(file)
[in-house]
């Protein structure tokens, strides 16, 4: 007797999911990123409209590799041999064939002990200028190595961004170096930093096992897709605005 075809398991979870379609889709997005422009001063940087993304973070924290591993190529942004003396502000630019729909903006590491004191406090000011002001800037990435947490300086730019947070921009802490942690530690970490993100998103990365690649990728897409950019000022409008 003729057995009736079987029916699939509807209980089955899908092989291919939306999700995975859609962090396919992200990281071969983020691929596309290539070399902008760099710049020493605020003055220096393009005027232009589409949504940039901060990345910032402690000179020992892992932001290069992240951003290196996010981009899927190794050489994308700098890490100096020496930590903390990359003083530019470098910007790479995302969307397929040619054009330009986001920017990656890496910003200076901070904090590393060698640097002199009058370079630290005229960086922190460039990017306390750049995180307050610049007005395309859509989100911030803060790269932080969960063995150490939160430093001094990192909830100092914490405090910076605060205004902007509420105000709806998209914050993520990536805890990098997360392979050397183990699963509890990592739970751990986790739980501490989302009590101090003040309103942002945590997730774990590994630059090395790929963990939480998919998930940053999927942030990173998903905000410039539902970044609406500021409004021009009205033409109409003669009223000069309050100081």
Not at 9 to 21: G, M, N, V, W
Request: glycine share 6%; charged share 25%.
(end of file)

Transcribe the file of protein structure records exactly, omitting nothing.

[in-house]
């Protein structure tokens, strides 16, 4: 007797999911990123409209590799041999064939002990200028190595961004170096930093096992897709605005 075809398991979870379609889709997005422009001063940087993304973070924290591993190529942004003396502000630019729909903006590491004191406090000011002001800037990435947490300086730019947070921009802490942690530690970490993100998103990365690649990728897409950019000022409008 003729057995009736079987029916699939509807209980089955899908092989291919939306999700995975859609962090396919992200990281071969983020691929596309290539070399902008760099710049020493605020003055220096393009005027232009589409949504940039901060990345910032402690000179020992892992932001290069992240951003290196996010981009899927190794050489994308700098890490100096020496930590903390990359003083530019470098910007790479995302969307397929040619054009330009986001920017990656890496910003200076901070904090590393060698640097002199009058370079630290005229960086922190460039990017306390750049995180307050610049007005395309859509989100911030803060790269932080969960063995150490939160430093001094990192909830100092914490405090910076605060205004902007509420105000709806998209914050993520990536805890990098997360392979050397183990699963509890990592739970751990986790739980501490989302009590101090003040309103942002945590997730774990590994630059090395790929963990939480998919998930940053999927942030990173998903905000410039539902970044609406500021409004021009009205033409109409003669009223000069309050100081």
Not at 9 to 21: G, M, N, V, W
Request: glycine share 6%; charged share 25%.